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Enthalpy's physical interpretation

  1. Oct 9, 2014 #1
    Hi I'm new to this site, so I'm not sure where to post this question but chemistry seemed fitting.

    I'm current taking 2 thermo classes, engineering and chemistry, and I'm having trouble with the concept of enthalpy.

    This is what I believe I understand. I Hope the following is all correct if not please correct me.
    H= U + PV
    The heat exchanged in a closed system under constant pressure is equal to (delta)H= q(for constant pressure). Which would make (delta)H's physical interpretation the heat added or lost to the system under constant pressure.

    The heat exchanged in closed system under constant volume is equal to (delta)U=q(for constant volume) meaning the heat added or lost to the system under constant volume is equal to the change in internal energy

    Now to the actual question does enthalpy have a physical meaning in this particular scenario?

    Under a closed system in which pressure and volume are not constant

    the change in enthalpy would be (delta)H= (delta)U + delta(PV)

    which would make (delta)H= (delta)U + V(delta)(P) +P(delta)(V)

    However V(delta)P seems to not have a physical meaning either. But if you subtract that term from both sides you get

    (delta)H-V(delta)P=deltaU+P(delta)V which I believe would equal this


    so is V(delta)P just a correction term to obtain the heat from the change in enthalpy? or do both of them actually have a physical meaning?

    Thanks in advance for any help
  2. jcsd
  3. Oct 9, 2014 #2


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    Staff: Mentor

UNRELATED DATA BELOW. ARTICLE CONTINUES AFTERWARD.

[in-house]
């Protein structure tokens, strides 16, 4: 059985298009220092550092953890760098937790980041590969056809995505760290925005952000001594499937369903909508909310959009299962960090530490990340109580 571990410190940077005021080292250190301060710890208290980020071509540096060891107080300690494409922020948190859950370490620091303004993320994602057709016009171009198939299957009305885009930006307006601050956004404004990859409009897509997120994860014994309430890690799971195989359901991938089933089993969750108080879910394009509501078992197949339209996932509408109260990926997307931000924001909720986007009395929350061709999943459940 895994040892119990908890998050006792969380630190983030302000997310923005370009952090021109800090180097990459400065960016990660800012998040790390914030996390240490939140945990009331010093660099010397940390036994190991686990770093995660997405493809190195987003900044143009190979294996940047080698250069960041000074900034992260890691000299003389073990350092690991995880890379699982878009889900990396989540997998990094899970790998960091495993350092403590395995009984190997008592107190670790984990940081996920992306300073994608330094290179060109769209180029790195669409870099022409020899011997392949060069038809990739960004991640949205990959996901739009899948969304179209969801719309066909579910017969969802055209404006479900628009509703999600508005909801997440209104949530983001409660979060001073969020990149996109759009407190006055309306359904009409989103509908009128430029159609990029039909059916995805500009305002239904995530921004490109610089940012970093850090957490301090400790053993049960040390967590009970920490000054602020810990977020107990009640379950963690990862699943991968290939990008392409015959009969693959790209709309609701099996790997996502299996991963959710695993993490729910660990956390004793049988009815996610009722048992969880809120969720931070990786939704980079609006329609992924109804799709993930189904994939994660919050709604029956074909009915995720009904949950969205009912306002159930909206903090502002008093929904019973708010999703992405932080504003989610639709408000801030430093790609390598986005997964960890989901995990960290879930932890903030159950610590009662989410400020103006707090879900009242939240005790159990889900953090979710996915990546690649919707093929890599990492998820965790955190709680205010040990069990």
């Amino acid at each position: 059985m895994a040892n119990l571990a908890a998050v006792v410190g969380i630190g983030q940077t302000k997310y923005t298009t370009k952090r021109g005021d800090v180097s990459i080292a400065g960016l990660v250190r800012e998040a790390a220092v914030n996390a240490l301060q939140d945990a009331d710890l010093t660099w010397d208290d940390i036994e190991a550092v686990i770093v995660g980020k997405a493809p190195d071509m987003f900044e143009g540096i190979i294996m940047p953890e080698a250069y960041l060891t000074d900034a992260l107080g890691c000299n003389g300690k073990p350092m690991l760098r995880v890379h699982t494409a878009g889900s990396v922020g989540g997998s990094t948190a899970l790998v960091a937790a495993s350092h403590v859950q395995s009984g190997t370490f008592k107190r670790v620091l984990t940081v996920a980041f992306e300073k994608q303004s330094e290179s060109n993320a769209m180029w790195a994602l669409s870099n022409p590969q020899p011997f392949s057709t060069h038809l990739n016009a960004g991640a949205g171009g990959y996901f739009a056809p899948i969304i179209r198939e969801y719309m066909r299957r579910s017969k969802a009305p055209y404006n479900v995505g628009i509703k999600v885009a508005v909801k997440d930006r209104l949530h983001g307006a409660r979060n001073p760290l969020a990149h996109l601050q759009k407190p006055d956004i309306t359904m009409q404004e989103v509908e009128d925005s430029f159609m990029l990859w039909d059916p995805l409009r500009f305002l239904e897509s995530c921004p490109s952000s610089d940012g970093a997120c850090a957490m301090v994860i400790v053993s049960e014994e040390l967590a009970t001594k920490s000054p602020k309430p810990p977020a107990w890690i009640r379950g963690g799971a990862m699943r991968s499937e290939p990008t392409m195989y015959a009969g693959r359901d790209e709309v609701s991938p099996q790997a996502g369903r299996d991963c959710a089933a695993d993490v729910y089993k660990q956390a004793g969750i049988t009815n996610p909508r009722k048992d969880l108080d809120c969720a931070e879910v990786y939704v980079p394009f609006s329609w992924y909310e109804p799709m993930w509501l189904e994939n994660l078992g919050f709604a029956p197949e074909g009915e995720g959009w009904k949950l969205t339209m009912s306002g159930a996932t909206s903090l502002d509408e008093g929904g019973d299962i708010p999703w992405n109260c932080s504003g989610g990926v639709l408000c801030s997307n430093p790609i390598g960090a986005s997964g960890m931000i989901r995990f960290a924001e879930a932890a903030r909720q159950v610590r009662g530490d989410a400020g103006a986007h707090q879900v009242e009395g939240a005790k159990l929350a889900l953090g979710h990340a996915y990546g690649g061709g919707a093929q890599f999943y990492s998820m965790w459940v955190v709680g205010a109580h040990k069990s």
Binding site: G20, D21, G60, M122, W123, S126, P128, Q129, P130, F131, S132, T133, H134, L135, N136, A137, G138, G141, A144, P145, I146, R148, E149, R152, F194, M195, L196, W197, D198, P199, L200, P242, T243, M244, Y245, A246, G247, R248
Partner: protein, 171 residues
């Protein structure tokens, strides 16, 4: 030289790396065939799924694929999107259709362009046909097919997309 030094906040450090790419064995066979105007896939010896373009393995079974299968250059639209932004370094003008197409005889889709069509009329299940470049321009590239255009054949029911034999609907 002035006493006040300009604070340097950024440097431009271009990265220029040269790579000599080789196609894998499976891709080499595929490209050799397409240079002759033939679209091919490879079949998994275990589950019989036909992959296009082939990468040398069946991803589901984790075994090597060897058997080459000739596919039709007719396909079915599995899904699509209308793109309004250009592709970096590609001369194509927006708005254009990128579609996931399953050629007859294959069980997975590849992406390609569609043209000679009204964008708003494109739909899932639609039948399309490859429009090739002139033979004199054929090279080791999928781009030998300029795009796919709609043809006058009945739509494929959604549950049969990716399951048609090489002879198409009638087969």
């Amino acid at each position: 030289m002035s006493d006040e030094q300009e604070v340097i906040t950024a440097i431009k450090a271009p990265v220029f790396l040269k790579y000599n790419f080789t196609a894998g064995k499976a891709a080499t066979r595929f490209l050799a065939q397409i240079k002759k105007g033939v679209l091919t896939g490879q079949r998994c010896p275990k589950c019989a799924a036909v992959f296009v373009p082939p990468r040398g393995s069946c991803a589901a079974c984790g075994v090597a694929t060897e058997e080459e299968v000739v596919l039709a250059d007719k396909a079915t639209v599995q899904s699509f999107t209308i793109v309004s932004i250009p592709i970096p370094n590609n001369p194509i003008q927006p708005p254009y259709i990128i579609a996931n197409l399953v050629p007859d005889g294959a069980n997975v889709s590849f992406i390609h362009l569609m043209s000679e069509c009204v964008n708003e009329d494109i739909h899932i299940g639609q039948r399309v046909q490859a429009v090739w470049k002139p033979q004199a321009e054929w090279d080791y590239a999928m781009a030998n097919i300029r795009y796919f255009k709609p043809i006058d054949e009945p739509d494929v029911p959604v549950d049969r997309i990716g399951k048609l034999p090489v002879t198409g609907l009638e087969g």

This post (and the thread itself) may be helpful.
  4. Oct 9, 2014 #3
    Thanks the thread was helpful
  5. Oct 10, 2014 #4


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  6. Oct 29, 2014 #5
    I have always thought of enthalpy as being a "thermodynamic potential energy" function which only carries meaning at constant pressure. Much like potential energy functions in Classical Mechanics, which can only be defined for conservative forces (such as gravity). I pair up "Heat" with "Enthalpy", and "Work done" with "Gravitational/Elastic/Electrostatic Potential Energy". I don't know whether or not this analogy is 100% correct though.
  7. Oct 30, 2014 #6
    I have an entirely different perspective for you to consider. Think of enthalpy as a physical property of a material, independent of any particular process applied to that material. The enthalpy per unit mass of a material is a unique function of its temperature and pressure. For any given material (e.g., water, methane, ammonia, etc.), it is possible to prepare a table of enthalpy values (per unit mass) as a function of temperature and pressure. The numbers in this table will never change, no matter what process the material is subjected to. For the case of water, the name we give to such a table is the "steam tables."

    Where do the numbers in these tables come from? Some of the numbers can be obtained by performing experiments on the material at constant pressure. In such experiments, the change in enthalpy from the initial thermodynamic equilibrium state to the final thermodynamic equilibrium state can be determined by measuring the amount of heat added to the material during the transition.

    Physical properties like enthalpy that are functions of temperature and pressure at thermodynamic equilibrium are called functions of state. Other properties that fall into this category are internal energy U, entropy S, Helmholtz free energy A, and Gibbs free energy G. The internal energy U can be interpreted physically as that total amount of kinetic energy of the molecules in the material plus the total potential energy of interaction between the molecules of the material.

    The enthalpy H, Helmholtz free energy A, and Gibbs free energy G are very convenient functions to work with when considering certain kinds of practical processes.

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